UK oilseed rape crop losses as pesticide ban and weather take toll

Kleffmann Group has carried out a survey of the UK's latest oilseed rape plantings Picture: ALISON

Kleffmann Group has carried out a survey of the UK's latest oilseed rape plantings Picture: ALISON CONNORS - Credit: citizenside.com

There has been a marked loss in oilseed rape crop (OSR) planted areas in the UK, including in East Anglia, a survey suggests.

Oilseed rape dispersal Picture: ANDREW DAVIS/JOHN INNES CENTRE

Oilseed rape dispersal Picture: ANDREW DAVIS/JOHN INNES CENTRE - Credit: Archant

The Kleffmann Group study shows wide regional variations in the UK winter crop, with the eastern region losing 7.29%, but some parts of the country sustaining far greater falls.

The reasons behind the falls were varied, it said, but included damage caused by crop pest cabbage stem flea beetle. The European Union (EU) controversially banned use of neonicotinoids – an insecticide used to coat oilseed rape seeds to protect them from cabbage stem flea beetle damage – in the teeth of opposition from farmers’ groups.

MORE – Should we reject meat in favour of plant-based foods to ‘save’ the planet?Other factors included poor establishment and, in some regions, a lack of moisture which hindered germination, the group said.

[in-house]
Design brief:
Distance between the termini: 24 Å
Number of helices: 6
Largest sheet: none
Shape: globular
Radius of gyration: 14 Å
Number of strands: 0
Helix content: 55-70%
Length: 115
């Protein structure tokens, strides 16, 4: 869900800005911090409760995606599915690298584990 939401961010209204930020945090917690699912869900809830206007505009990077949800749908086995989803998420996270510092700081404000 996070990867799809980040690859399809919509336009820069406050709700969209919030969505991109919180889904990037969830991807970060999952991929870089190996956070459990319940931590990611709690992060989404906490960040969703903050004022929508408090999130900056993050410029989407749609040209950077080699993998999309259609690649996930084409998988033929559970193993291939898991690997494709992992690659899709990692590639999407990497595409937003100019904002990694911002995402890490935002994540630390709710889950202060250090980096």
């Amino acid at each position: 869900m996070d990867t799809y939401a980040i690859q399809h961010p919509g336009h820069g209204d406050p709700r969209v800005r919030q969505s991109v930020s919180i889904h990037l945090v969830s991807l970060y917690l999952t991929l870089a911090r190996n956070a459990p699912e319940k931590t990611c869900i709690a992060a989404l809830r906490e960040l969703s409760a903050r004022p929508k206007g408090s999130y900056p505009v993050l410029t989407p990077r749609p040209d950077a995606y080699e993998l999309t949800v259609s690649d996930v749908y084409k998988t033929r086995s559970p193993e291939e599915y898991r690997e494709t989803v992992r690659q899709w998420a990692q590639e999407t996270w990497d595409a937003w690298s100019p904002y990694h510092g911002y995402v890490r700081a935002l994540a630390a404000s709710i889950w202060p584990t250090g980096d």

Scotland had the lowest area of oilseed rape lost at just 0.91% of the original planted area, the agricultural market research firm found, closely followed by the north east region at 1.36%. The south east had the highest area of failed crop at 12.60%, followed by Yorkshire and the Humber Region at 9.75%. East Midlands suffered a 3.5% loss, the south west 4.34%, and West Midlands 5.34%).

Kleffmann uses a range of methodologies for its studies, including farmer panels, with 403 UK rape growers surveyed for the OSR study. It calculated an original planted area in autumn 2018 of 581,030ha of winter rape, consistent with an AHDB early bird survey at 582,000ha.


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It said 68 farmers reported failed crops amounting to 6.28% of the total original planted area, or 36,000ha lost. “In the 2017/18 season, the percentage loss was just 1.62%, so autumn 2018 has been much more hostile to rape survival by a factor of nearly four times.”

Different proportions of hybrid and conventional variety have been adopted over a number of years, said Kleffmann. For the first time in many years, the survey showed almost a 50:50 split between hybrids and conventional rape varieties sown on farm (285, 000ha of conventional varieties and 294,000ha of hybrid varieties).

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It also revealed a clear difference in failed crops by breeding method: in conventional varieties, the area lost was 7.52% (21,000 ha) of the area planted, and of the restored hybrid varieties, 5.16% of the crop planted (15,000 ha) were lost.

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